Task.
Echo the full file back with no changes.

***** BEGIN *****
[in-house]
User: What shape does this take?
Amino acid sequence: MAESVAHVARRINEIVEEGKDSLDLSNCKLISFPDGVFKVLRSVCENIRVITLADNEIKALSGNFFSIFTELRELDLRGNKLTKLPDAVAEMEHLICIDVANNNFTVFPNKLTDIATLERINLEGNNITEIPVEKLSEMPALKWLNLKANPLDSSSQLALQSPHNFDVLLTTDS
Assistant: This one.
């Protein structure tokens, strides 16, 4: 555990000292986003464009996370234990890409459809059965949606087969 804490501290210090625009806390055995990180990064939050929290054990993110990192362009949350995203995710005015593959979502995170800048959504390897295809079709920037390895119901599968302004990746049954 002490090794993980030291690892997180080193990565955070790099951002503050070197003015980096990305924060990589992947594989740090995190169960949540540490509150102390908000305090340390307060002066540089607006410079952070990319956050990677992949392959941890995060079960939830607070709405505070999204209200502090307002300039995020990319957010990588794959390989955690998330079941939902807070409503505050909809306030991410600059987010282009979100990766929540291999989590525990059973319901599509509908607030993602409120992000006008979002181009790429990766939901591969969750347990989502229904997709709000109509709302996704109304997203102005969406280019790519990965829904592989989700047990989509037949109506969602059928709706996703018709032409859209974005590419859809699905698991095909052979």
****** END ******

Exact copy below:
[in-house]
User: What shape does this take?
Amino acid sequence: MAESVAHVARRINEIVEEGKDSLDLSNCKLISFPDGVFKVLRSVCENIRVITLADNEIKALSGNFFSIFTELRELDLRGNKLTKLPDAVAEMEHLICIDVANNNFTVFPNKLTDIATLERINLEGNNITEIPVEKLSEMPALKWLNLKANPLDSSSQLALQSPHNFDVLLTTDS
Assistant: This one.
């Protein structure tokens, strides 16, 4: 555990000292986003464009996370234990890409459809059965949606087969 804490501290210090625009806390055995990180990064939050929290054990993110990192362009949350995203995710005015593959979502995170800048959504390897295809079709920037390895119901599968302004990746049954 002490090794993980030291690892997180080193990565955070790099951002503050070197003015980096990305924060990589992947594989740090995190169960949540540490509150102390908000305090340390307060002066540089607006410079952070990319956050990677992949392959941890995060079960939830607070709405505070999204209200502090307002300039995020990319957010990588794959390989955690998330079941939902807070409503505050909809306030991410600059987010282009979100990766929540291999989590525990059973319901599509509908607030993602409120992000006008979002181009790429990766939901591969969750347990989502229904997709709000109509709302996704109304997203102005969406280019790519990965829904592989989700047990989509037949109506969602059928709706996703018709032409859209974005590419859809699905698991095909052979």